BERLIN — Afghanistan has slipped three places to become the world's second-most-corrupt country despite billions in aid meant to bolster the government against a rising insurgency, according to an annual survey of perceived levels of corruption.
Only lawless Somalia, whose weak U.N.-backed government controls just a few blocks of the capital, was perceived as more corrupt than Afghanistan in Transparency International's Corruption Perceptions Index.
Iraq saw some improvement, rising to 176 of 180 countries, up two places up from last year. Singapore, Denmark and New Zealand were seen as the least corrupt countries in the list based on surveys of businesses and experts.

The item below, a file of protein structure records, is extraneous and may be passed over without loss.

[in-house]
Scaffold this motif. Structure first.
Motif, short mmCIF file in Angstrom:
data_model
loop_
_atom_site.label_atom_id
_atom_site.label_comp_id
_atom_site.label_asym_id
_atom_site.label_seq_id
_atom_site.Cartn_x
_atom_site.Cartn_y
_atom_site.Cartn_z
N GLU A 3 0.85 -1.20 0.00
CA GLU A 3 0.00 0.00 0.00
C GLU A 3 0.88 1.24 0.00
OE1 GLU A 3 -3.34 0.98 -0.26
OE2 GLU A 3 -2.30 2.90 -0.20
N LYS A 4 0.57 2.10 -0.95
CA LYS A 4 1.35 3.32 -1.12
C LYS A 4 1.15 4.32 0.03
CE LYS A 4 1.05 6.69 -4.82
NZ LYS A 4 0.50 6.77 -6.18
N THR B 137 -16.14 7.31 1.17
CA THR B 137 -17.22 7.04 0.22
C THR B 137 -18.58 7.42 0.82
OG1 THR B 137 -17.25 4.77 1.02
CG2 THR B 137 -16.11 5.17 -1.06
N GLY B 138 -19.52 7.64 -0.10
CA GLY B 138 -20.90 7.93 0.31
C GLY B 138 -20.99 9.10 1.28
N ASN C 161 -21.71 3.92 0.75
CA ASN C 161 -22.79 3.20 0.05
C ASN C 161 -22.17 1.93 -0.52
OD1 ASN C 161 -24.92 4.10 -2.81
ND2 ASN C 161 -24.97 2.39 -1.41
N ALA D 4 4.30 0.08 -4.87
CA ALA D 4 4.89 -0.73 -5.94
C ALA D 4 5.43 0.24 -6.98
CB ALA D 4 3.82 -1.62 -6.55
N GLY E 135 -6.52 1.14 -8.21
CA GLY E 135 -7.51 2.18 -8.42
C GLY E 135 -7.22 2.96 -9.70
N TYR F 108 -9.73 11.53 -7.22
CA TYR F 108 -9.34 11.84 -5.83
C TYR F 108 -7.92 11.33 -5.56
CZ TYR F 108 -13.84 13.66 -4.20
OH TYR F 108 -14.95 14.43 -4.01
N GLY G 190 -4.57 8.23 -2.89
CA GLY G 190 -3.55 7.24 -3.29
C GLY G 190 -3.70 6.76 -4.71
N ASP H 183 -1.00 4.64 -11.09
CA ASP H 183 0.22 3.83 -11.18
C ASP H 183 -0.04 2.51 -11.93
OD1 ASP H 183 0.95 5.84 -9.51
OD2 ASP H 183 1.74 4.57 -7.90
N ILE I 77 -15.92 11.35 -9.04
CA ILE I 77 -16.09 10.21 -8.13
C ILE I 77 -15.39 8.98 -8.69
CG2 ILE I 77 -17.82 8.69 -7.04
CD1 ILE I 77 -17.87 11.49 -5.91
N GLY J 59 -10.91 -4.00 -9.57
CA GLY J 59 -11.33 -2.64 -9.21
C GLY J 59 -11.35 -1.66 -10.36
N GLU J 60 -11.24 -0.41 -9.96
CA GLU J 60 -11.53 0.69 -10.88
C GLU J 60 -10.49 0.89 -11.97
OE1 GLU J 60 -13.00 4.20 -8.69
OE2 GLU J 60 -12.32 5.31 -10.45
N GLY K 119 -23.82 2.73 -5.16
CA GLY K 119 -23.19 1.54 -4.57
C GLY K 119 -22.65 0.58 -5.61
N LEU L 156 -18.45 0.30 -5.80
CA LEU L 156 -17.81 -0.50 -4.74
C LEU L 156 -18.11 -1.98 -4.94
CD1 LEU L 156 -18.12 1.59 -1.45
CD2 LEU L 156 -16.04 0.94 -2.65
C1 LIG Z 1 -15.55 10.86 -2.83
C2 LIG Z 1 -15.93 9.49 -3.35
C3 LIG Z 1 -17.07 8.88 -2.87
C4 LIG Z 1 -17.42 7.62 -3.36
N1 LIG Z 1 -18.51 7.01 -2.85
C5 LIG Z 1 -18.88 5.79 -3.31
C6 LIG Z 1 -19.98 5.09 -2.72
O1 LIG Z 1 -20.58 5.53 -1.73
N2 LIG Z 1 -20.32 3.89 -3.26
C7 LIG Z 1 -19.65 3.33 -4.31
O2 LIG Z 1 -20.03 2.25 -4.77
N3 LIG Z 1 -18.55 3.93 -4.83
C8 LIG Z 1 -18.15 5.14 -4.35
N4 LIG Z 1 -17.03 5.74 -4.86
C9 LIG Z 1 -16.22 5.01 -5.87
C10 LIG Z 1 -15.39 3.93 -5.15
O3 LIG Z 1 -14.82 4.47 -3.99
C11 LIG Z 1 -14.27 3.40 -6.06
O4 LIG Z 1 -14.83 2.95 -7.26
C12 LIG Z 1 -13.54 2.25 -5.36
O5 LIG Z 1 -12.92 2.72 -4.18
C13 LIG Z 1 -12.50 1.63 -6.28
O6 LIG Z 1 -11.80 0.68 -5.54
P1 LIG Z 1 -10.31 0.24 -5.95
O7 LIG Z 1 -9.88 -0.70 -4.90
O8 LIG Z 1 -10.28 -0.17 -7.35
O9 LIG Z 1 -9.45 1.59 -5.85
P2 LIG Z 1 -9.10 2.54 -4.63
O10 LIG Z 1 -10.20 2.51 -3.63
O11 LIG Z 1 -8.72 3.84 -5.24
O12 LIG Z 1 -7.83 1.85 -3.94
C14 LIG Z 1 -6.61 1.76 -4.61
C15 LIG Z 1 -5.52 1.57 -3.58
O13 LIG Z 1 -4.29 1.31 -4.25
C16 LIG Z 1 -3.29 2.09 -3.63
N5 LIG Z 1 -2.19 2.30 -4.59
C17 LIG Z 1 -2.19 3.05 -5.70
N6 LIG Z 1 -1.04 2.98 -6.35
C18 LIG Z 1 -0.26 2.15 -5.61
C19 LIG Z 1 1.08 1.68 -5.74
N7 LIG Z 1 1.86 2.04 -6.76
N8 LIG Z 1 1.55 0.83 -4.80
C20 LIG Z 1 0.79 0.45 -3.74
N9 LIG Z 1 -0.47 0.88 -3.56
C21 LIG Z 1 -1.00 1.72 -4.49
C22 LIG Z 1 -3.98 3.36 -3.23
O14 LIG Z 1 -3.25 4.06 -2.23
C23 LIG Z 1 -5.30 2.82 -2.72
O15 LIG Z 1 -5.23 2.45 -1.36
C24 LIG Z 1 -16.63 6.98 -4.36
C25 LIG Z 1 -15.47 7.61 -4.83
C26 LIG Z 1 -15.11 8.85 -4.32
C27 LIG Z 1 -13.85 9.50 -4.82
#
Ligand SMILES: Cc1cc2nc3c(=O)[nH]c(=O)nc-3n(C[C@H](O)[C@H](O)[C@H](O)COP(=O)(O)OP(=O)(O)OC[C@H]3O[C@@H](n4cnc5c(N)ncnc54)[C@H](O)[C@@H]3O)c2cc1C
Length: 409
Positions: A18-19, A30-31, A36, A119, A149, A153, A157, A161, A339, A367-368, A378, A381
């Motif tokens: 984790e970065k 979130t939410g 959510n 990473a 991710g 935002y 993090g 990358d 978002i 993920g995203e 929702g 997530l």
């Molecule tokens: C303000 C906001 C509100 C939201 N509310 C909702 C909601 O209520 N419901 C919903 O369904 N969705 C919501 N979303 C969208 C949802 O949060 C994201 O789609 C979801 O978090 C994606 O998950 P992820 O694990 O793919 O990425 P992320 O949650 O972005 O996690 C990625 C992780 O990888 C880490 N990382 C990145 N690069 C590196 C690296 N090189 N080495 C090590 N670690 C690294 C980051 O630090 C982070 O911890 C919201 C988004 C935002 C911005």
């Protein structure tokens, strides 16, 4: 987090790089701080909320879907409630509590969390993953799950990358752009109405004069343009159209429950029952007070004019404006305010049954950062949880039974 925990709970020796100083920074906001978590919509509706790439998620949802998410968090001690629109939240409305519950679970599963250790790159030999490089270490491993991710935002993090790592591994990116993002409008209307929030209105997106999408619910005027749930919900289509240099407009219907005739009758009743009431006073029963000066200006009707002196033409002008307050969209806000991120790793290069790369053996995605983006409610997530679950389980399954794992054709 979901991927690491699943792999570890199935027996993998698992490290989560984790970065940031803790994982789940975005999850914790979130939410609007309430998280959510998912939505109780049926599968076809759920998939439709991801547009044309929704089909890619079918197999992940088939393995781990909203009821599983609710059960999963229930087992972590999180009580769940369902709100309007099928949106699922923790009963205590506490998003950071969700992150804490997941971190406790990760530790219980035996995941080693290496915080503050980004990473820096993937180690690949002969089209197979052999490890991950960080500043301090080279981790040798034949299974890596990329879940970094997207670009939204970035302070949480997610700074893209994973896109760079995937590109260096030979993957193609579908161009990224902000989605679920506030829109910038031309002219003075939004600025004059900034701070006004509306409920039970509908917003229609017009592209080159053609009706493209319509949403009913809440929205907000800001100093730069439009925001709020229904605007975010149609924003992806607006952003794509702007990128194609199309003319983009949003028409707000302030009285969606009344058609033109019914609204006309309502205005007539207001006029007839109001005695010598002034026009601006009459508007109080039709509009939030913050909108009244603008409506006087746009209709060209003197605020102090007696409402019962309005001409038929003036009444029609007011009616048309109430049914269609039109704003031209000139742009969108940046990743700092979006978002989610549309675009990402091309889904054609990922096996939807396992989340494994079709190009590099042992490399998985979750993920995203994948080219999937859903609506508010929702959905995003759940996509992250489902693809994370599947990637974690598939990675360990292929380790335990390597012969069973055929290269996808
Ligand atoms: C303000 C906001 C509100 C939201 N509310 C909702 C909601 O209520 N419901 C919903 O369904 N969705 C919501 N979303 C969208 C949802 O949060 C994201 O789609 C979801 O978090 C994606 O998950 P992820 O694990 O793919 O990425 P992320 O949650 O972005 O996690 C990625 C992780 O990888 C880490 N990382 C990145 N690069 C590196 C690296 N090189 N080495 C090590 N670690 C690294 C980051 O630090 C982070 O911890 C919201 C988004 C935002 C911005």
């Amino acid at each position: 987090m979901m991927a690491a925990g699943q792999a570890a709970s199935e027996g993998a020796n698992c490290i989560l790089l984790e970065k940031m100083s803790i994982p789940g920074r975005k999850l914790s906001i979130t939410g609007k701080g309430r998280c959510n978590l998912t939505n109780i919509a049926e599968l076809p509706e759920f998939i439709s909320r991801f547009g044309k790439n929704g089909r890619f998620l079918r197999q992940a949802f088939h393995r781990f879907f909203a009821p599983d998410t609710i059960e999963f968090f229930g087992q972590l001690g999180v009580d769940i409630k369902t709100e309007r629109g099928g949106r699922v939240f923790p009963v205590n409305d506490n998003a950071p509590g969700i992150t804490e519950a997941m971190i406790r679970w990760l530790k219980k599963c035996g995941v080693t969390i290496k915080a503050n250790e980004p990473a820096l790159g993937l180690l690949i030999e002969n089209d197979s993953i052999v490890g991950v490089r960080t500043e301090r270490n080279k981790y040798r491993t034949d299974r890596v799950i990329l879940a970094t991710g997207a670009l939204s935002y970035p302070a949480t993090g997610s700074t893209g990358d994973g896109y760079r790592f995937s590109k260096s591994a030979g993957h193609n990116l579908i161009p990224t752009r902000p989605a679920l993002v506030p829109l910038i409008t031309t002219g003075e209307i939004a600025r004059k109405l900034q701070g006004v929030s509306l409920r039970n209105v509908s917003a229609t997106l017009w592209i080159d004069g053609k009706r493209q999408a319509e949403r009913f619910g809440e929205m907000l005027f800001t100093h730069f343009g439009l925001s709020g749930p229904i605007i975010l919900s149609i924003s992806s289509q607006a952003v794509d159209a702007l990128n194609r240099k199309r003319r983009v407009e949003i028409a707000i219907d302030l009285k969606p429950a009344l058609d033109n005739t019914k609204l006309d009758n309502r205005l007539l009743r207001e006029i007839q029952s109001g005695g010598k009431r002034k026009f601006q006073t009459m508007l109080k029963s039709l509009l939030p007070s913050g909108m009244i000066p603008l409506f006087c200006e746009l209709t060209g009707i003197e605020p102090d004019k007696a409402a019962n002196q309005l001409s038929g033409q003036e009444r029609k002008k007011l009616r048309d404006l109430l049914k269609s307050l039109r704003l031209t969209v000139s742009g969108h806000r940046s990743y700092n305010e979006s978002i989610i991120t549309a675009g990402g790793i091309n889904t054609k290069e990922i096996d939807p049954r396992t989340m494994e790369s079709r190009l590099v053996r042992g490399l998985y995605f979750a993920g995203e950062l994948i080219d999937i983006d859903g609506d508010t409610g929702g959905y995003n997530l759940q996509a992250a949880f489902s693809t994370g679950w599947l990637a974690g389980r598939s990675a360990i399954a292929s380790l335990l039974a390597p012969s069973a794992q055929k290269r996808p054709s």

In Afghanistan, President Hamid Karzai's inability or unwillingness to tackle cronyism and bribery the past five years have resulted in an increase of support for the Taliban insurgents.
That has prompted calls by the Obama administration for Karzai to tackle the practice or risk forfeiting U.S. aid.
Since 2001, the U.S. Congress has appropriated more than $39 billion in humanitarian and reconstruction assistance for Afghanistan, according to a report by the U.S. special inspector general for Afghanistan reconstruction. European nations send about $1.5 billion a year.
International donors are increasingly questioning how much of the billions of dollars in aid might have been misappropriated.
The report said examples of Afghan corruption ranged from the sale of government positions to daily bribes for basic services.
Karzai unveiled an anticorruption unit and major crime fighting force on Monday after heavy pressure from Washington.